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Old 08-26-2010, 01:49 PM
 
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Usually the fresh and newly developed areas are nicer and cleaner and everyone wants to move there and then the older areas start deteriorating, getting dirty, and rough looking and crime rises as shady people replace those who leave.

Did any of moderately priced residential neighborhoods around Las Vegas that are over 20 years old not go downhill in desirability from when it was a new area?
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Old 08-26-2010, 02:09 PM
 
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I was born and raised here (and an ex-realtor) so I remember clear before there was anything on the north or west.......no Summerlin, no Painted Desert, no Desert Shores, absolutely nothing but desert......

What I've found is that most of the 20-30 year old homes did see some deterioration. Neighborhoods like Desert Shores were considered "high end" at the time, just seem like a regular old neighborhood to me now.

Where some places have seemed to maintain a higher end appeal, just in my opinion personally, are places like McNeil Estates, Scotch 80s, Rancho Circle, Rancho Bel Air, and parts of Spanish Oaks. The reason I believe, is that most of these neighborhoods are much older, more like 50 years old. They are guard gated, built on huge lots before grass and water restrictions and most maintain wood burning fireplaces. Their trees and landscape are extremely mature. You have a lot of ranch style/ramblers, spanish style/mission style, and Tudors. These neighborhoods are beautiful to look at and just seem like they'd be in California or something. There are no "cookie cutter" style houses built side by side on tiny lots. It's the way Vegas used to be.

I think 20 year old neighborhoods are just old enough to start looking aged, but not quite old enough to exude charm.
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Old 08-26-2010, 02:27 PM
 
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So, it sounds like you are saying only the custom luxury home neighborhoods managed to stay well maintained over 20+ years? The future doesn't look good for those buying lower end housing in new neighborhoods today.
What is a "nice enough" new area today would be likely to become a bad neighborhood in 20 years.
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Old 08-26-2010, 03:31 PM
 
Location: Somewhere.
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Try The Lakes area. It's been around for about 20 years and still very nice.
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Old 08-26-2010, 04:20 PM
 
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Quote:
Originally Posted by PinkString View Post
Try The Lakes area. It's been around for about 20 years and still very nice.
Are there areas around there with 1 bedroom condos that are not converted apartments and mostly restrict sales to owner occupants only?
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Old 08-26-2010, 04:28 PM
 
Location: Somewhere.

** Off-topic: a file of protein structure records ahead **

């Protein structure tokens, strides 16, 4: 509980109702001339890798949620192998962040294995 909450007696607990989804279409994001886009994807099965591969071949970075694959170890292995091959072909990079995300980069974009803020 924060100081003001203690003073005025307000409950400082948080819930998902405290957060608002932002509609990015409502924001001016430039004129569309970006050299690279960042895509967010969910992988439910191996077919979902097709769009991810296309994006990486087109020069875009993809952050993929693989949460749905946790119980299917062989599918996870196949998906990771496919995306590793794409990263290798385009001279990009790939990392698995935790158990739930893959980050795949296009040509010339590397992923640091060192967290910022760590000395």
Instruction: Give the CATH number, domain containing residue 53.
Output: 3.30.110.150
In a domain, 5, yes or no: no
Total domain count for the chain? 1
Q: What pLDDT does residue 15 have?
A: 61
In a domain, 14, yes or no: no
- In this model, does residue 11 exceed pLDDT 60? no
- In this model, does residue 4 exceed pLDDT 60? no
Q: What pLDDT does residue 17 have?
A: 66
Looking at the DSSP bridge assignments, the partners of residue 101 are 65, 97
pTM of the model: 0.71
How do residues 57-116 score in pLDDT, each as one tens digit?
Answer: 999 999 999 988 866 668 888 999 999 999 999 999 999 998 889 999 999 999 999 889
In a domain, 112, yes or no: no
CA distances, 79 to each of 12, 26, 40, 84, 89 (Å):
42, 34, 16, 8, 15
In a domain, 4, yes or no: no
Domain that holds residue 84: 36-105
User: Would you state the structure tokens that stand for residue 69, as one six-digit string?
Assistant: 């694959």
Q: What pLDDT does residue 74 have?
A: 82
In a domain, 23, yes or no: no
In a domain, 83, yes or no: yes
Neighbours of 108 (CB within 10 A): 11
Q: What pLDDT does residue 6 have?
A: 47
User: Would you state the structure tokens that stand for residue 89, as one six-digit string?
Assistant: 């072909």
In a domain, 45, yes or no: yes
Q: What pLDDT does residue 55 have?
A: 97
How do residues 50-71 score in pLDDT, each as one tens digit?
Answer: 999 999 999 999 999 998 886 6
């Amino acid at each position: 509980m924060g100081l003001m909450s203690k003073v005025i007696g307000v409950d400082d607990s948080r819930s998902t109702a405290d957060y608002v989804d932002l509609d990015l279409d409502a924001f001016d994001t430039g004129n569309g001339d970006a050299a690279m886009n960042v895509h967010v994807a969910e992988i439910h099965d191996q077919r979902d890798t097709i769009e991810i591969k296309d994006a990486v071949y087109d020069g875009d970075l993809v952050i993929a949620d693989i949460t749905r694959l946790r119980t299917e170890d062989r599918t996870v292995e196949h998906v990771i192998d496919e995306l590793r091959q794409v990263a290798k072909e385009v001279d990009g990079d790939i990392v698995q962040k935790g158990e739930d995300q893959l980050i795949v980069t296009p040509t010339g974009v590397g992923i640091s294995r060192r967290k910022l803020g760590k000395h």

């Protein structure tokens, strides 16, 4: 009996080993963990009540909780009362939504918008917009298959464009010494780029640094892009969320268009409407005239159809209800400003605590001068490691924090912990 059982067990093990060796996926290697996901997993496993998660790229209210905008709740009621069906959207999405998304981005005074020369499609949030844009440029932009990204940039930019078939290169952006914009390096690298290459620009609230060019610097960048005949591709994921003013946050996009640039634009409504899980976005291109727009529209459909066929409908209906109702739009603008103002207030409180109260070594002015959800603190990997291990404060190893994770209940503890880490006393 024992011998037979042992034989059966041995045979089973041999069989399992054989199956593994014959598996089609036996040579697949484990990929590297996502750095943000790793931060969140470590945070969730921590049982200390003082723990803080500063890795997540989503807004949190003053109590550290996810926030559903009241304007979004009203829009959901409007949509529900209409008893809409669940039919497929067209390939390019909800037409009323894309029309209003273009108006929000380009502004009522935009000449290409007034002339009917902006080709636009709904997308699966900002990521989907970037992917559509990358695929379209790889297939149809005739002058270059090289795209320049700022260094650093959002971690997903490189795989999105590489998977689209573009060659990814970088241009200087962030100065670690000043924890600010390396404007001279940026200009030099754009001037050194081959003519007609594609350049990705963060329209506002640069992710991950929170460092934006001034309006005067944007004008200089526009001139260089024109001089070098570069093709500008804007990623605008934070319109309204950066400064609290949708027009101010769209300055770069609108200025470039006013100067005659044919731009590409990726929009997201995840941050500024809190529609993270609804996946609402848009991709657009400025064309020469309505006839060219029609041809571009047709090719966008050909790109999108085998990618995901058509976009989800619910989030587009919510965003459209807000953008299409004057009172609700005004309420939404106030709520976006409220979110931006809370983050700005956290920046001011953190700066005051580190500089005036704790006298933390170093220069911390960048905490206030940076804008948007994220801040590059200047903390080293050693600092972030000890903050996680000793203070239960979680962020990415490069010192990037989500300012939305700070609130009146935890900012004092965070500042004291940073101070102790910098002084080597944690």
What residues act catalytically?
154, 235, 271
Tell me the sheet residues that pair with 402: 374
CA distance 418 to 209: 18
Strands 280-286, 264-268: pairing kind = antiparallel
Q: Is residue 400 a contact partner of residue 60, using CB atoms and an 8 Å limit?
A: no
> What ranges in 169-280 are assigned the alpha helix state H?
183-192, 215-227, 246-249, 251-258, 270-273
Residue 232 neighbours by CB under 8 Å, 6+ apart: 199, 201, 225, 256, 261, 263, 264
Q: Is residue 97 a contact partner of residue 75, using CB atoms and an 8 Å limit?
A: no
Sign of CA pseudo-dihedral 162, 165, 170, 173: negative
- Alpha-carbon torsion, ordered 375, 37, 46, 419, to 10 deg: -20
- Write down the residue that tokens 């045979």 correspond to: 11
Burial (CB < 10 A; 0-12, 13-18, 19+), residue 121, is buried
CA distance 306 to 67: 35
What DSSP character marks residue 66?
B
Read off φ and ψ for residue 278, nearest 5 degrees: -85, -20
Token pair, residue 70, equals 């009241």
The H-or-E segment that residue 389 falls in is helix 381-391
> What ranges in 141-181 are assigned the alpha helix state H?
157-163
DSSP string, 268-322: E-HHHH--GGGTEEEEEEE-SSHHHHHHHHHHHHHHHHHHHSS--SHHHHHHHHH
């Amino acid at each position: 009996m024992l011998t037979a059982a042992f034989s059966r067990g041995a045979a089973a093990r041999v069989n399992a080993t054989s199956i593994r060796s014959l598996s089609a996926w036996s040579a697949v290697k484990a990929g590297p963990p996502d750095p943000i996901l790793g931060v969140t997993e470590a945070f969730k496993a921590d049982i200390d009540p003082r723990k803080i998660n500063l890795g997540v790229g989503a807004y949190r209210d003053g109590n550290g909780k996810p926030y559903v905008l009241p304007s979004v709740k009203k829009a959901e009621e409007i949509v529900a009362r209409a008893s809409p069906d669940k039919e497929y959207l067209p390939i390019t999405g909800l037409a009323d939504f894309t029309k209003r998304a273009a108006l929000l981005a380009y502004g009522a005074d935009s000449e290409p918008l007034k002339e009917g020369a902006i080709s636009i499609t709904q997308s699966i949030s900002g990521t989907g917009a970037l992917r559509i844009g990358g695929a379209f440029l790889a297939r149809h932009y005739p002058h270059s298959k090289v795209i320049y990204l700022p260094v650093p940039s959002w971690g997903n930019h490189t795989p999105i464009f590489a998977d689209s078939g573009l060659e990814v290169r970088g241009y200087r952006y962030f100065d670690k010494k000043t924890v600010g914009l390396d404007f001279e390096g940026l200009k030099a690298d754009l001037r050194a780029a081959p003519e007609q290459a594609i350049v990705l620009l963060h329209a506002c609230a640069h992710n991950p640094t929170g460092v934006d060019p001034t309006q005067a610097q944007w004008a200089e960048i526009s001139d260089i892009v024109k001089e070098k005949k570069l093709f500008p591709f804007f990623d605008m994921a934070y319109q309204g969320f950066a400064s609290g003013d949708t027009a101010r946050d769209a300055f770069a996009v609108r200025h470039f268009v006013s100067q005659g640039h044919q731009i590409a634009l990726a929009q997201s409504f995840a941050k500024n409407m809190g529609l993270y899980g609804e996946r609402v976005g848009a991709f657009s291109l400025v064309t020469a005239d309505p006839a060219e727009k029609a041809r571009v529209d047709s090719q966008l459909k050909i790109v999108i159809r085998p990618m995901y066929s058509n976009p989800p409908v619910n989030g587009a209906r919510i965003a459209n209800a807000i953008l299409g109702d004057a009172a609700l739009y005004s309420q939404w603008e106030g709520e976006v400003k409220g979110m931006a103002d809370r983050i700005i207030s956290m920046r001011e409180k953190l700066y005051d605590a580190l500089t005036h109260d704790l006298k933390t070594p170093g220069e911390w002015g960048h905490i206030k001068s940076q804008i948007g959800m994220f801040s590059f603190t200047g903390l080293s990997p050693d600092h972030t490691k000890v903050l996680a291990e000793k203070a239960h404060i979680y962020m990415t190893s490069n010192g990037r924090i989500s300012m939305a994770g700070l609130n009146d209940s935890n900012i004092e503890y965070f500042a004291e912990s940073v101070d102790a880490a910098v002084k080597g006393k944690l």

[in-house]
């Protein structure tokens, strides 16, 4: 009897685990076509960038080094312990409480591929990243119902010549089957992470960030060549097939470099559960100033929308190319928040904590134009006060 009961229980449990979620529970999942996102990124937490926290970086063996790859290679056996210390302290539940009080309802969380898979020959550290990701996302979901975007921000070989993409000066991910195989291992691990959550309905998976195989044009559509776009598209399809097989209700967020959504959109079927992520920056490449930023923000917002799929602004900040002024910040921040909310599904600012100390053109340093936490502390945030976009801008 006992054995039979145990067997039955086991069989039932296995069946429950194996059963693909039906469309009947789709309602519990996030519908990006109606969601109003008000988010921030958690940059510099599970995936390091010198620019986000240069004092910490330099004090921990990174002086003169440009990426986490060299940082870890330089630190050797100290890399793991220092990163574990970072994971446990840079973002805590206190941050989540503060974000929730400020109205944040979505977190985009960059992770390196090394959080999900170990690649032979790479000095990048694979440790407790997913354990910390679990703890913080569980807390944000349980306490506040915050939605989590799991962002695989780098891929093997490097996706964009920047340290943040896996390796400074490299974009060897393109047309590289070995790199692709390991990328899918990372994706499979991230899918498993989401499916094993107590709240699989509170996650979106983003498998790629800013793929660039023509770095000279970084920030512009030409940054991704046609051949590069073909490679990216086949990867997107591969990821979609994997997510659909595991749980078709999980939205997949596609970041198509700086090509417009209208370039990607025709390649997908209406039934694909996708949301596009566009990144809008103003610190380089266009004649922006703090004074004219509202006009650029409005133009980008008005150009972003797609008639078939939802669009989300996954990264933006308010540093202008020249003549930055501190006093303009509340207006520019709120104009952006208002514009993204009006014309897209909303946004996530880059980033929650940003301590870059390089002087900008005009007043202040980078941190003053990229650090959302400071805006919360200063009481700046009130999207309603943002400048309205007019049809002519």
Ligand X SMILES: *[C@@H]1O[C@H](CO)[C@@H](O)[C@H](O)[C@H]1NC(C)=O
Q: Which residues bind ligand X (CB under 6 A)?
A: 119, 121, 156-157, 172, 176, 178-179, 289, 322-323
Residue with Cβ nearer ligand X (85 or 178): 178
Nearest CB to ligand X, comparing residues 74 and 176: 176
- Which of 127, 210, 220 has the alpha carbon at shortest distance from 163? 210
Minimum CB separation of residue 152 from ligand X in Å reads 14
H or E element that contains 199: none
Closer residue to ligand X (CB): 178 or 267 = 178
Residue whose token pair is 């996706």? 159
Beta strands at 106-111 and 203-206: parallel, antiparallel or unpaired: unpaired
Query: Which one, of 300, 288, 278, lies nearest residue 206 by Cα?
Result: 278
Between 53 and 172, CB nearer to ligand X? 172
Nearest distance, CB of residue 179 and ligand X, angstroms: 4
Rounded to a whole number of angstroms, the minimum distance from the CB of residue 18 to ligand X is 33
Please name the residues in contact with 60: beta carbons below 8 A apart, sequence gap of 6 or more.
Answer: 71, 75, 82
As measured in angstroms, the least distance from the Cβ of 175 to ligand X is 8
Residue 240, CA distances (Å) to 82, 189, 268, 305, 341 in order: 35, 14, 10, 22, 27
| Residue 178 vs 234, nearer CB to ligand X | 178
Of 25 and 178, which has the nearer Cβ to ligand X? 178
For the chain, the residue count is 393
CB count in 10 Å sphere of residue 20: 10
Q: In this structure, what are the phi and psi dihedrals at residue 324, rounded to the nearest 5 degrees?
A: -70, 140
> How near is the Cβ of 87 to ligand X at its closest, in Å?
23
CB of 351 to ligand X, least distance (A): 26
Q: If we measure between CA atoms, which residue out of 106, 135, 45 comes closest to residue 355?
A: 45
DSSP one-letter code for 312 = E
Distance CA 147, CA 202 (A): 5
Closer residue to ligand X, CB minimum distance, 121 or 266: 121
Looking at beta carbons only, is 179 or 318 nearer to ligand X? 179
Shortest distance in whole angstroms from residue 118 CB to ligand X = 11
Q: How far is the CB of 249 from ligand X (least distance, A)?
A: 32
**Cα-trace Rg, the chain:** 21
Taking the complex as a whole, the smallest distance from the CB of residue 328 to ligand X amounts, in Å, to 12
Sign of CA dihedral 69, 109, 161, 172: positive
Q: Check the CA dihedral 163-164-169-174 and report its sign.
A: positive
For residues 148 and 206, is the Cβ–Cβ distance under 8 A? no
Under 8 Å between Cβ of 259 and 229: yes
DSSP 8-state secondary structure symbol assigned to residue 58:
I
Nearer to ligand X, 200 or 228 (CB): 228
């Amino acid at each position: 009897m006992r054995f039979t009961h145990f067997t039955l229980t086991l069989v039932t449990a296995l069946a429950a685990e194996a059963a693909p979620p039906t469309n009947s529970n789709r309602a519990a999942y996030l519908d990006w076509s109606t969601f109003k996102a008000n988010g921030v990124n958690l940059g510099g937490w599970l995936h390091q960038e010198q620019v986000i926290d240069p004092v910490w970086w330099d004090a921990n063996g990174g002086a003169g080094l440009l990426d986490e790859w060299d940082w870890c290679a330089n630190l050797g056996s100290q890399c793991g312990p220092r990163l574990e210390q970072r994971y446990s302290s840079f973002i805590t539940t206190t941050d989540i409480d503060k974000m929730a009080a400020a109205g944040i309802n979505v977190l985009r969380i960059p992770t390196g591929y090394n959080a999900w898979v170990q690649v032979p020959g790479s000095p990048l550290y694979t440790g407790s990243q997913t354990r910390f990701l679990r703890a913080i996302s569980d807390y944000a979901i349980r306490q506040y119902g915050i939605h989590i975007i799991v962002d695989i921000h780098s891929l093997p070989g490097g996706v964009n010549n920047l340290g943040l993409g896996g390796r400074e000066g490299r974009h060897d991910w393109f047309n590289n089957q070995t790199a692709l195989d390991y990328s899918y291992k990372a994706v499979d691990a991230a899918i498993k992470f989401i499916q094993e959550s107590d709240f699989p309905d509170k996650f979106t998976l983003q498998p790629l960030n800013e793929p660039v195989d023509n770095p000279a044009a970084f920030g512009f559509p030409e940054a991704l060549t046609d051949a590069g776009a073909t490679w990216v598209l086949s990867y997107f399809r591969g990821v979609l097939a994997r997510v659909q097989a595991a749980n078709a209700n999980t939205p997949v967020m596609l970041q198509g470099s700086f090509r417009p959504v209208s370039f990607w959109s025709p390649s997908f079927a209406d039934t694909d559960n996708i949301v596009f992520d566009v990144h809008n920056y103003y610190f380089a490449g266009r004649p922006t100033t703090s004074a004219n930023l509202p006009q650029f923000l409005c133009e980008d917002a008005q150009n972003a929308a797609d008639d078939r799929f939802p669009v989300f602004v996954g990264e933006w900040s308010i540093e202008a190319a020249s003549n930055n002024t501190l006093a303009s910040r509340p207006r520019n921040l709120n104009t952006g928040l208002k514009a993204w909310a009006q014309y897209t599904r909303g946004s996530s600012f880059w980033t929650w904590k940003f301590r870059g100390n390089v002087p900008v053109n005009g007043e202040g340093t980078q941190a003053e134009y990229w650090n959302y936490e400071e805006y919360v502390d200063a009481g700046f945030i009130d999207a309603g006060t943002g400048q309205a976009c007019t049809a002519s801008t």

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Originally Posted by sdreloc View Post
Are there areas around there with 1 bedroom condos that are not converted apartments and mostly restrict sales to owner occupants only?
Sorry, cannot answer that question. Best to let a realtor help you with that.
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Old 08-27-2010, 11:20 PM
 
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Quote:
Originally Posted by sdreloc View Post
So, it sounds like you are saying only the custom luxury home neighborhoods managed to stay well maintained over 20+ years? The future doesn't look good for those buying lower end housing in new neighborhoods today.
What is a "nice enough" new area today would be likely to become a bad neighborhood in 20 years.
Well I don't mean it to sound so pesimistic, they may not turn bad, just lose their appeal. There are places over 20 yrs old on the west side of town, like the other poster said, The Lakes, also Peccole Ranch and older parts of Summerlin, but even all of these aren't as nice as the day they were built. My own neighborhood is ten years old and showing age.

I think you can almost drive through a community and pinpoint the year it was built by looking at it. In the early 1990s when Desert Shores was just going up, all the homes had Spanish tile roofs, like a peachy-toned stucco paint, mostly all stucco homes (I call it the Florida look). Most also had roof mounted air conditioning, lots of palm trees. The trend in the 2000's for example in areas like Southern Highland's, and newer communities were darker stucco paint, stacked-stone trim, slate style roof, somewhat Tuscan look.

I live in a gated community within a larger master plan and though my own neighborhood has faired well due to a strict HOA, the parts right outside have turned for the worst in my eyes. I could have never guessed this ten years ago.....it was an upscale area.

The future could look good for lower end housing depending on the neighborhood. These neighborhoods aren't necessarily over 20 years old, but they seem to maintain their value: Anthem, Seven Hills, Summerlin, etc....Areas that are built with plenty of greenery, trails, strong HOAs, those tend to do better. Random neighborhoods in undefined areas that don't have community support sometimes show their age.